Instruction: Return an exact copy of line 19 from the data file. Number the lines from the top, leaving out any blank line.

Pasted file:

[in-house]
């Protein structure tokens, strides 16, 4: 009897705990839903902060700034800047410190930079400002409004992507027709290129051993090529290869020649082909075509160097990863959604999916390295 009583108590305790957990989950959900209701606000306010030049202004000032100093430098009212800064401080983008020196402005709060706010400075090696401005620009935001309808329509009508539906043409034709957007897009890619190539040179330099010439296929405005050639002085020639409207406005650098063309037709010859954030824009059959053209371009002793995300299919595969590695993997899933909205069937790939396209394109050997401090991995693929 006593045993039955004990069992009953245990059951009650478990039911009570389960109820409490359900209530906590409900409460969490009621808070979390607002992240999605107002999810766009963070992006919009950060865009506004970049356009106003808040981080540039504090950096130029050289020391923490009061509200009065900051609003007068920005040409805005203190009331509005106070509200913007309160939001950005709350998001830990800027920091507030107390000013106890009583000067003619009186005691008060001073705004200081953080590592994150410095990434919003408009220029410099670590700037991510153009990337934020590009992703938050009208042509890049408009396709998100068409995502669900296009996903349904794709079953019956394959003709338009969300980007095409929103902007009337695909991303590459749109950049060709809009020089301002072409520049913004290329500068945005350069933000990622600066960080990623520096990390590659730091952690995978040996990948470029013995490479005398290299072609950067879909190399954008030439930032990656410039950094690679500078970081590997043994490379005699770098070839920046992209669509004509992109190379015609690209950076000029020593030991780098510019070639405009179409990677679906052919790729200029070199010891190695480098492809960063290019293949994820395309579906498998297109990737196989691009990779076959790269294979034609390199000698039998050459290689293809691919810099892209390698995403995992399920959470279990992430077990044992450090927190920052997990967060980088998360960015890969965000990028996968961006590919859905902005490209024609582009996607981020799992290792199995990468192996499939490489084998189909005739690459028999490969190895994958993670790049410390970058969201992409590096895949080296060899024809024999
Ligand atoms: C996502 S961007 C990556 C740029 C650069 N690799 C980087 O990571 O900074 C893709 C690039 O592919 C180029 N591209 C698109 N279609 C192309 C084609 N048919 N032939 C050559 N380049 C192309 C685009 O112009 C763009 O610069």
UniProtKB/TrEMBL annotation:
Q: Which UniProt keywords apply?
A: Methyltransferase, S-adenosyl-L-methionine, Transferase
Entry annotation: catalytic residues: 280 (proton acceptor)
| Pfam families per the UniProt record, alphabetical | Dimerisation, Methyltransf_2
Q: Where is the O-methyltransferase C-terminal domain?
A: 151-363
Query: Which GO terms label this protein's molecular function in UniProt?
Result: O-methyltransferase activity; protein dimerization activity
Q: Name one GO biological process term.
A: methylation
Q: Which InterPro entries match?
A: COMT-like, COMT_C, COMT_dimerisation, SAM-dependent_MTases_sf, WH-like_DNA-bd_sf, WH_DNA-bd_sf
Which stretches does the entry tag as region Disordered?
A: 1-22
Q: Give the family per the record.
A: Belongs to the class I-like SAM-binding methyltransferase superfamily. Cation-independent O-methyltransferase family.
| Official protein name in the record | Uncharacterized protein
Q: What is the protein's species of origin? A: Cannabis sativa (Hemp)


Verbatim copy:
Q: Give the family per the record.